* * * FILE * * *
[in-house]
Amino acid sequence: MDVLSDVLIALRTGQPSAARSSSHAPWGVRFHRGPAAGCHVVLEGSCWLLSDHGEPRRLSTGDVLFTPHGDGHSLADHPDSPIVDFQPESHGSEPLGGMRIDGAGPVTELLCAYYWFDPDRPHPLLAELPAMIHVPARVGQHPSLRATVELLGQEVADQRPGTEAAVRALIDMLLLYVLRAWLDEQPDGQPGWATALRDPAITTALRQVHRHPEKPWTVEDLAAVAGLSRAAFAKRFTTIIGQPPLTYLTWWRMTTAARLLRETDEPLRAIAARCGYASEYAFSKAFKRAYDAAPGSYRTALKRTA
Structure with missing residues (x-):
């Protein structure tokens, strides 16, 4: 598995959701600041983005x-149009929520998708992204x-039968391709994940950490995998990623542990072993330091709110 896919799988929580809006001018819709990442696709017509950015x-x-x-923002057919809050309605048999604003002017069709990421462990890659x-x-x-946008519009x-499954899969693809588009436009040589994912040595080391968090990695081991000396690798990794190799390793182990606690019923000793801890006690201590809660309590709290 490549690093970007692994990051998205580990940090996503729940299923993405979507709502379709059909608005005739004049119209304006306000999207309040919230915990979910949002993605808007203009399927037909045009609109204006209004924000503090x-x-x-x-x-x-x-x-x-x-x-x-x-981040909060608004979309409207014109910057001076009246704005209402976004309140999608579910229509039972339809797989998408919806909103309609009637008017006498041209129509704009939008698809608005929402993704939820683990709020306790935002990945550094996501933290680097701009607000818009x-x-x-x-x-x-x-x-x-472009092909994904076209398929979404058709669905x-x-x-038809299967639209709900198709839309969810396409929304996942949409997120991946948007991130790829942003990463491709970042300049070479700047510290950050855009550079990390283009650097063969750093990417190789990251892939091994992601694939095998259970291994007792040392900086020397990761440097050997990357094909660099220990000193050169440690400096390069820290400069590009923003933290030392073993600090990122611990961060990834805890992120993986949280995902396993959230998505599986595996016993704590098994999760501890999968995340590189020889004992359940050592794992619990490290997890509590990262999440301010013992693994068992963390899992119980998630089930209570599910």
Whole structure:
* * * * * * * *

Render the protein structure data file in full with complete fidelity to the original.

[in-house]
Amino acid sequence: MDVLSDVLIALRTGQPSAARSSSHAPWGVRFHRGPAAGCHVVLEGSCWLLSDHGEPRRLSTGDVLFTPHGDGHSLADHPDSPIVDFQPESHGSEPLGGMRIDGAGPVTELLCAYYWFDPDRPHPLLAELPAMIHVPARVGQHPSLRATVELLGQEVADQRPGTEAAVRALIDMLLLYVLRAWLDEQPDGQPGWATALRDPAITTALRQVHRHPEKPWTVEDLAAVAGLSRAAFAKRFTTIIGQPPLTYLTWWRMTTAARLLRETDEPLRAIAARCGYASEYAFSKAFKRAYDAAPGSYRTALKRTA
Structure with missing residues (x-):
């Protein structure tokens, strides 16, 4: 598995959701600041983005x-149009929520998708992204x-039968391709994940950490995998990623542990072993330091709110 896919799988929580809006001018819709990442696709017509950015x-x-x-923002057919809050309605048999604003002017069709990421462990890659x-x-x-946008519009x-499954899969693809588009436009040589994912040595080391968090990695081991000396690798990794190799390793182990606690019923000793801890006690201590809660309590709290 490549690093970007692994990051998205580990940090996503729940299923993405979507709502379709059909608005005739004049119209304006306000999207309040919230915990979910949002993605808007203009399927037909045009609109204006209004924000503090x-x-x-x-x-x-x-x-x-x-x-x-x-981040909060608004979309409207014109910057001076009246704005209402976004309140999608579910229509039972339809797989998408919806909103309609009637008017006498041209129509704009939008698809608005929402993704939820683990709020306790935002990945550094996501933290680097701009607000818009x-x-x-x-x-x-x-x-x-472009092909994904076209398929979404058709669905x-x-x-038809299967639209709900198709839309969810396409929304996942949409997120991946948007991130790829942003990463491709970042300049070479700047510290950050855009550079990390283009650097063969750093990417190789990251892939091994992601694939095998259970291994007792040392900086020397990761440097050997990357094909660099220990000193050169440690400096390069820290400069590009923003933290030392073993600090990122611990961060990834805890992120993986949280995902396993959230998505599986595996016993704590098994999760501890999968995340590189020889004992359940050592794992619990490290997890509590990262999440301010013992693994068992963390899992119980998630089930209570599910």
Whole structure: